One of the most disappointing things about my framing was the installation of the wall sheathing. Structural wall sheathing is the outermost “skin” of the framing, and is typically made of plywood or OSB. Sheathing locks together different parts of a structure, greatly increasing resistance to lateral forces from wind and earthquakes. As explained in an earlier post, after a lot of thought I spec’d 3/4″ plywood sheathing for my home. This was a big, expensive upgrade over the usual 7/16″ OSB but due to the wind and earthquake risk at my site it was important to me.
Sheathing is typically installed in orderly rows. Instead, my sheathing was cut into a bizarre array of narrow strips and chunks that a licensed framing inspector described as “a random patchwork.” Seams were placed exactly where they shouldn’t be: at the corners of windows and doors, and at the intersections between different parts of the walls. There were big, crooked gaps between sheathing panels, uneven edges, and areas where pieces of sheathing were missing altogether.
Many of the nails used to fasten the sheathing were smaller and weaker than what the plans called for, and the nailing was so haphazard or overdriven that the engineer’s report called it an “abomination.” Seismic straps on the outside of the house were also installed incorrectly, with nails a full inch shorter than the minimum. In fact, the nails were so inadequate that I was able to pull part of one strap (designed to keep the house together in an earthquake!) out of the wall with my hands.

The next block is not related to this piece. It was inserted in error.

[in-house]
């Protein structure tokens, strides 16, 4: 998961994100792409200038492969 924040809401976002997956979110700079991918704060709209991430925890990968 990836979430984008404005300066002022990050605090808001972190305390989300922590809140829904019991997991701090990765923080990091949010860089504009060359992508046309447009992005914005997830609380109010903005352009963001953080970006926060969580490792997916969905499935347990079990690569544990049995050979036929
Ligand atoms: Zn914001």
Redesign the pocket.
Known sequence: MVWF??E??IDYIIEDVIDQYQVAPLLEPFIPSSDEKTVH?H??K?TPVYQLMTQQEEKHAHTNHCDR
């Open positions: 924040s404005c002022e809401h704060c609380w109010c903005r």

I looked at hundreds of photos of sheathing online and couldn’t find anything like what had been done to my home. As my designer and others pointed out, not only was the sheathing installation structurally bad, but it had actually taken much more work than if they’d just done it right.
The more I learned the weirder it got. On one corner, the framers had sheathed part of the house with tongue and groove flooring. The tongue was clearly visible on one side, and the groove on the other.
Several people advised me to stop trying to make sense of it. Sometimes all you can do is accept that what’s done is done and move on.
Photos taken April 17, 2020, posted May 22, 2020.
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